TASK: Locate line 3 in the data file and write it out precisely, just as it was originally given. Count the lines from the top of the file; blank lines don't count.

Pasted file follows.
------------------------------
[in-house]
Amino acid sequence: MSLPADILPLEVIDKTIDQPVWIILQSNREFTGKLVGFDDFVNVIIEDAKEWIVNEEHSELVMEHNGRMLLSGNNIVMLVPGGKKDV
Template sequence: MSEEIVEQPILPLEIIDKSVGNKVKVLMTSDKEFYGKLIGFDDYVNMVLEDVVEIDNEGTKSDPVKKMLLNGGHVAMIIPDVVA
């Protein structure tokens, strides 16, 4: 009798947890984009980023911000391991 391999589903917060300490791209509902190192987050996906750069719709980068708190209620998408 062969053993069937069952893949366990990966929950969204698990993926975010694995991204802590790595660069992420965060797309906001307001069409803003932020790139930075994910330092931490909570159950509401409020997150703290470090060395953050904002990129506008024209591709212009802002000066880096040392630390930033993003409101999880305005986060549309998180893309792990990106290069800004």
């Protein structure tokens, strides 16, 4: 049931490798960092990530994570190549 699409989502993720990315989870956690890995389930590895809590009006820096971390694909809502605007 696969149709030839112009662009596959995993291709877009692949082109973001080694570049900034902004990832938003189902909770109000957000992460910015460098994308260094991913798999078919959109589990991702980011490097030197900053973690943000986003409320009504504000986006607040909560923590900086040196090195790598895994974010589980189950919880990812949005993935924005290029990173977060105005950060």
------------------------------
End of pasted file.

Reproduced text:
Template sequence: MSEEIVEQPILPLEIIDKSVGNKVKVLMTSDKEFYGKLIGFDDYVNMVLEDVVEIDNEGTKSDPVKKMLLNGGHVAMIIPDVVA